Thomas Beller, How To Be a Man

It was with embarrassment and quiet glee that I picked up Thomas Beller's promisingly titled How To Be a Man: Scenes from a Protracted Boyhood last month. It was next to Carson Kressley's book on wardrobe, Off the Cuff: The Essential Style Guide for Men, and the Women Who Love Them, and that gave me pause, but the shelving may have been some kind of in-joke by the UVic bookstore's staff. It may even have been an homage to Jane McGonigal's Ministry of Reshelving project, but I don't know about that.

What a treat Beller's book turned out to be.

Each separate piece comes with a title and an age Beller was at when the events occurred, but since they're not in chronological order, I'm reasonably confident that it's not a faux-plainspoken fragmentary postmodern autobiography. These are just scenes and moments, of varying seriousness and on topics as diverse as carpentry, bagel inventories, and a '77 Thunderbird. Beller, a streetball-playing journalist with a varied work history, comes off like a guy I wish I knew, and that's a rare experience for me in the area of books about guyishness.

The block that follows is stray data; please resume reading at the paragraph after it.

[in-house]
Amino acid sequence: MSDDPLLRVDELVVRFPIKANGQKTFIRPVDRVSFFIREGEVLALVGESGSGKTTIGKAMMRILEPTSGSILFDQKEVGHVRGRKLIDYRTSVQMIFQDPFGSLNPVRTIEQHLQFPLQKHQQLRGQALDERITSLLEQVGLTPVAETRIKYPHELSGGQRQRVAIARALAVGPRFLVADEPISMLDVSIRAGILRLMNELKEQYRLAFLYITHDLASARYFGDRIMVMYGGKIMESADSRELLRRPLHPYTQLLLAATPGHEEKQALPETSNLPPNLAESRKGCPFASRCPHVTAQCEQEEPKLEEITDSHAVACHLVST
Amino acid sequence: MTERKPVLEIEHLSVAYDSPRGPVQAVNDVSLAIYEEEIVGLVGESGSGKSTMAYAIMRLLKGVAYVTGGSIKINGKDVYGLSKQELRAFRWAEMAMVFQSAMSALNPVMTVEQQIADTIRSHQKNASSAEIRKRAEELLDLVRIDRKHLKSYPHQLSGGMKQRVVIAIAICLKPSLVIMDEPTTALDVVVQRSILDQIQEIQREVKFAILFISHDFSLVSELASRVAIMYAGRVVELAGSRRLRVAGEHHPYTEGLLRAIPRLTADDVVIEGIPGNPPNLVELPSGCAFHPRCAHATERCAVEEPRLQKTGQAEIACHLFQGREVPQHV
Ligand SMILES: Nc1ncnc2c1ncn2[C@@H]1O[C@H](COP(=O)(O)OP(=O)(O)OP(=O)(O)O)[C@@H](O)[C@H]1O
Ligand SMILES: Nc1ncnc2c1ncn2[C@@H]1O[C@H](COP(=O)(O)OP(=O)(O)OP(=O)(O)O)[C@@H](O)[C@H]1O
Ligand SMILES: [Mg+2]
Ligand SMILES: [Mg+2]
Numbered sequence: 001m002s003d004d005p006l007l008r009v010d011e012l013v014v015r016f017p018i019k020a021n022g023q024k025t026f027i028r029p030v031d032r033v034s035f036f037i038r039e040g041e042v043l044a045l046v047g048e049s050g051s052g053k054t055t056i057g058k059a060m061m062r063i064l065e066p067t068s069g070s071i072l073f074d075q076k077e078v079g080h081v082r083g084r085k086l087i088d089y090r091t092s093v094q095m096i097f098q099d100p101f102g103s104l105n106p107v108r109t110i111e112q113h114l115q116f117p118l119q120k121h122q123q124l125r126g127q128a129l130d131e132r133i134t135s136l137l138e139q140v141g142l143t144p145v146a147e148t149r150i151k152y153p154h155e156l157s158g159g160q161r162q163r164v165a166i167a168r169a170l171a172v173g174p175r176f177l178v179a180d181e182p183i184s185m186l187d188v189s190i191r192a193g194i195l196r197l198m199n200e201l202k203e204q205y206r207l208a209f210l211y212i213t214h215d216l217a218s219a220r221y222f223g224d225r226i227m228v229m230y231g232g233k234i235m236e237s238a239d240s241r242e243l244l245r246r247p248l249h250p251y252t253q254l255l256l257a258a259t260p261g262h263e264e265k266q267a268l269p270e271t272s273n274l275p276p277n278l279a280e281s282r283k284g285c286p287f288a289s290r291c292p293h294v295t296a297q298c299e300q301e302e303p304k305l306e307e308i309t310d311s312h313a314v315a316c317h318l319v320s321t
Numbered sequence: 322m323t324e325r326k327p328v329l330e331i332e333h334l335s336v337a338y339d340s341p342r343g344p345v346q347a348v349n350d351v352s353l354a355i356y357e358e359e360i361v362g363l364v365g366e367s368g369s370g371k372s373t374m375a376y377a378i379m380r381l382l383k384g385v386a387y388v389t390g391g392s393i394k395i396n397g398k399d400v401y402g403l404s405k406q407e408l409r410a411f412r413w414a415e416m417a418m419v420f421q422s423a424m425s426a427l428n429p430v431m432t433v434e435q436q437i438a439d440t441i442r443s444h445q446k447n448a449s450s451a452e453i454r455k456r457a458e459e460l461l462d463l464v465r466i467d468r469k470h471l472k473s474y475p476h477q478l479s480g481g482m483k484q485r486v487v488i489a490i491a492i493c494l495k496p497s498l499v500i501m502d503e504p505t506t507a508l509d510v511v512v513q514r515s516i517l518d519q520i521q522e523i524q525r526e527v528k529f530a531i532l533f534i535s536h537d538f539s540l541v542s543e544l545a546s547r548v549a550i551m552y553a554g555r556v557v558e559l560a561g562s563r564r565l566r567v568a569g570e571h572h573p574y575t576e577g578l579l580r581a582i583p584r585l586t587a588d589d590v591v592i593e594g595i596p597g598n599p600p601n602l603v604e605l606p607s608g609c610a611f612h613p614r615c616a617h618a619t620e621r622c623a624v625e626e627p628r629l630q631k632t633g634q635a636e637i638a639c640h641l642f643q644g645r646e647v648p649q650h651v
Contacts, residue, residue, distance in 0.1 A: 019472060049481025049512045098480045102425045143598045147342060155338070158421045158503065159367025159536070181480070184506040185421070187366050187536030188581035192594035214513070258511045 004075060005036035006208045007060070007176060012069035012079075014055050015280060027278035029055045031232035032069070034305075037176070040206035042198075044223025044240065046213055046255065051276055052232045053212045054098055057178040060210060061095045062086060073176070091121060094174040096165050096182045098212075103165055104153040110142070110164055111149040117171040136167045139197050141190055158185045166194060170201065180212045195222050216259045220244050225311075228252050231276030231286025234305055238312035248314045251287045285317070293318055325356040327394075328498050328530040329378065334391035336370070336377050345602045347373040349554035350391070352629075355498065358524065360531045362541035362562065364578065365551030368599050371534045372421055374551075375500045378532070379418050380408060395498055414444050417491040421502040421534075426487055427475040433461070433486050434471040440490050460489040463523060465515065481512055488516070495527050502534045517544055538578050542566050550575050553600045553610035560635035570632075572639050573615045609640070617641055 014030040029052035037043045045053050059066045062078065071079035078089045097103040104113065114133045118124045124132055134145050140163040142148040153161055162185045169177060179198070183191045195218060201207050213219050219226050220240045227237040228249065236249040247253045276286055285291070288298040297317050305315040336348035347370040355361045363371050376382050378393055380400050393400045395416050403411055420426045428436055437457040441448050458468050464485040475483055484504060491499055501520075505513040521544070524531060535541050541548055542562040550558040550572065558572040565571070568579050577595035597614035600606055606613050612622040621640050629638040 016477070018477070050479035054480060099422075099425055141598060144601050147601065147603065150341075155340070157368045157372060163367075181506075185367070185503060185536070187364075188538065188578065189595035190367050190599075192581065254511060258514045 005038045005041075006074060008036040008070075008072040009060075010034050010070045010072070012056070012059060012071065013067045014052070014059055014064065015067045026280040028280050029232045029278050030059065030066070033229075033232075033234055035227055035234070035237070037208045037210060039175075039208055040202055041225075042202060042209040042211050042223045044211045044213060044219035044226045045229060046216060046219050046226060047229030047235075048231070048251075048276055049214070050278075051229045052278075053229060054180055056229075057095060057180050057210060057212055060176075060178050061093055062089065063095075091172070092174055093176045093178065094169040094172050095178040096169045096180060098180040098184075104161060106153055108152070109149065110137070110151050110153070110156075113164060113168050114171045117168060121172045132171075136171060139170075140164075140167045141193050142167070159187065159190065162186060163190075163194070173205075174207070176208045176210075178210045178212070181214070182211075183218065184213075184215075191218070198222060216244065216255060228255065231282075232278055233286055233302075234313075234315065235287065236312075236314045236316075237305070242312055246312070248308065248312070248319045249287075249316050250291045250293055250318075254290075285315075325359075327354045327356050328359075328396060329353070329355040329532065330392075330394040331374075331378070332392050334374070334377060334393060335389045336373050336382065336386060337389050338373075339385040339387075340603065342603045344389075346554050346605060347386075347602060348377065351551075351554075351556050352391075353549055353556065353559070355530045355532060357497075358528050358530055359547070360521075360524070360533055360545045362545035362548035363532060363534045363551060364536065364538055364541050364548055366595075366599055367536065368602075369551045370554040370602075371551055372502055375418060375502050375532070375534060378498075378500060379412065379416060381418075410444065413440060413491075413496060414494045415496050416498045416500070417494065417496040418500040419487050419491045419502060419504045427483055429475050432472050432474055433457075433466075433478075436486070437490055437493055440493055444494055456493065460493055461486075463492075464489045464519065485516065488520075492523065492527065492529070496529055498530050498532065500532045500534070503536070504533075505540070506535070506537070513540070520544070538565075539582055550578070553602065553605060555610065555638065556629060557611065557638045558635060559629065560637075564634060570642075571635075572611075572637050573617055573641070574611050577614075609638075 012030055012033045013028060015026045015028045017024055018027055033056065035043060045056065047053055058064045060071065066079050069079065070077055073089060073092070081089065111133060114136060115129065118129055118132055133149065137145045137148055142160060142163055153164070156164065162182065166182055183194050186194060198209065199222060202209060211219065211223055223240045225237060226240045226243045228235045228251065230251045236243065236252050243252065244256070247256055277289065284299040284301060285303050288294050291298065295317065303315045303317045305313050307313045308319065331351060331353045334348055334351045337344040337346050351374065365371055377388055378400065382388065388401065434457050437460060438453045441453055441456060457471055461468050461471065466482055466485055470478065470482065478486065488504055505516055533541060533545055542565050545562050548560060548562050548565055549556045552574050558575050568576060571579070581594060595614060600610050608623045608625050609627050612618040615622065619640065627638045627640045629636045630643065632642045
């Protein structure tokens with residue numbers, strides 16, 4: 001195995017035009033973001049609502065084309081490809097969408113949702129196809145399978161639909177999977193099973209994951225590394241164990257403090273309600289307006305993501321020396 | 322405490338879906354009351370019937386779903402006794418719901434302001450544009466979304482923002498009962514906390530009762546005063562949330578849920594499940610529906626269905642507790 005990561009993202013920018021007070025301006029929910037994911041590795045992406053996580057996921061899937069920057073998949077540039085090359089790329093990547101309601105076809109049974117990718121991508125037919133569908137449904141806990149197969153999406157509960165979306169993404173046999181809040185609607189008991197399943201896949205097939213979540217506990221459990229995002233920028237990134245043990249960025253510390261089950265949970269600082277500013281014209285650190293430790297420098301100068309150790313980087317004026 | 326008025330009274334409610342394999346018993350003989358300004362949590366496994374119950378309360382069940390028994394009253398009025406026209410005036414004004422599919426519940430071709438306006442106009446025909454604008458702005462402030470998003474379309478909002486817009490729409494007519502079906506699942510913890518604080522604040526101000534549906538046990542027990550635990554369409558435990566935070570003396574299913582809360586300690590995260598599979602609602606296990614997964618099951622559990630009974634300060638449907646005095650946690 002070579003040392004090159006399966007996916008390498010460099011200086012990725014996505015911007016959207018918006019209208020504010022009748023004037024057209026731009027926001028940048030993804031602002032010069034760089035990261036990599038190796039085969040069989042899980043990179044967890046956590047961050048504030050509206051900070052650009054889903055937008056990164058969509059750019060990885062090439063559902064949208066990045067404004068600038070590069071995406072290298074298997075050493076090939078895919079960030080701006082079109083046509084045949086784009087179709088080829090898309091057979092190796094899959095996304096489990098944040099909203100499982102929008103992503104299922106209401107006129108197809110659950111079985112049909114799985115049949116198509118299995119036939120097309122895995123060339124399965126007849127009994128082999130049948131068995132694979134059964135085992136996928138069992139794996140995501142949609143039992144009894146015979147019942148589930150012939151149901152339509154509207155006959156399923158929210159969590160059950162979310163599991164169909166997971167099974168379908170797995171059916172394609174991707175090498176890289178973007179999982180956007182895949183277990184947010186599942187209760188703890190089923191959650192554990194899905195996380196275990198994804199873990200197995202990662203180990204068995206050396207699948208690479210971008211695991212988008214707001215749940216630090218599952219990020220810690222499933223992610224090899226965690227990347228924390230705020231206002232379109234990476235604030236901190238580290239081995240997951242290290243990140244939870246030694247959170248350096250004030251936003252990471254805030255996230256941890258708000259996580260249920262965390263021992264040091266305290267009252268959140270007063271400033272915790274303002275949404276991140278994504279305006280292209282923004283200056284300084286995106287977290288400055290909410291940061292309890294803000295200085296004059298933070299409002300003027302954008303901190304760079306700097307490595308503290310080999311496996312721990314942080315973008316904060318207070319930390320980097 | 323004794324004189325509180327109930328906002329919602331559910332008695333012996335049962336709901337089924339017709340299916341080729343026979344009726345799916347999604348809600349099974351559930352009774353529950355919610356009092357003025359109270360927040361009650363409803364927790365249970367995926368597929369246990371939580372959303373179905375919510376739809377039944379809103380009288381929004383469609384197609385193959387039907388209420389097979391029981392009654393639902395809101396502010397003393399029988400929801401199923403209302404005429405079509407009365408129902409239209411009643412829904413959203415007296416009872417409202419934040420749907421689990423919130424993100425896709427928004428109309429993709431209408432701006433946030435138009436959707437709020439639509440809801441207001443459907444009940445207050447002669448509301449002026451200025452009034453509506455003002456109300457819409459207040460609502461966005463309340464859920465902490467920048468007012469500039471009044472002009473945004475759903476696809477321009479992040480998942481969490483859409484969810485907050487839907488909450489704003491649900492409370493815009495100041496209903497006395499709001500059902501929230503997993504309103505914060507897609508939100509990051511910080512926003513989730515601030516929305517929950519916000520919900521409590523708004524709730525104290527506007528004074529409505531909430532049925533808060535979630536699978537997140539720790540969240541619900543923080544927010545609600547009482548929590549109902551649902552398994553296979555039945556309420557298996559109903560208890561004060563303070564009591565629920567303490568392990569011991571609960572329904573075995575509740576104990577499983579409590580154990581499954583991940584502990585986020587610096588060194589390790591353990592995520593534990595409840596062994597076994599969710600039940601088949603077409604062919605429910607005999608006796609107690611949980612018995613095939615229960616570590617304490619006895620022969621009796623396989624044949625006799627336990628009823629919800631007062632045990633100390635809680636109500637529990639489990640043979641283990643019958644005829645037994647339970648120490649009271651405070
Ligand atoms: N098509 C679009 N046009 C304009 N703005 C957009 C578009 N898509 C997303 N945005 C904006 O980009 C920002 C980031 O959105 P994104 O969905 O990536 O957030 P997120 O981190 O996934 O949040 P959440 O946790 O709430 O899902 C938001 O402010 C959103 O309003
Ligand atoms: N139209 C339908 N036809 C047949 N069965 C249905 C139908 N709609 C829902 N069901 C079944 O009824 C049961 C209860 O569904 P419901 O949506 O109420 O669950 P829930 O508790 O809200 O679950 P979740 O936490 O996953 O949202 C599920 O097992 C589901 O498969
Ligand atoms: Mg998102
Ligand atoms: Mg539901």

There's just so much earnestness in these books, when what you want is to hear about the state of being inhabited by the kind of guy you might want to know. Bill Zehme's
The Way You Wear Your Hat : Frank Sinatra and the Lost Art of Livin' gave me the right impression in a bookstore once, but I didn't buy it and find out; Garrison Keillor's Book of Guys has flashes of it. Beller's How to Be a Man is it, though. He talks about masturbation maybe once too often for me, and his New York state of mind can sound a bit self-important, but honestly, it's worth twice the price of admission.


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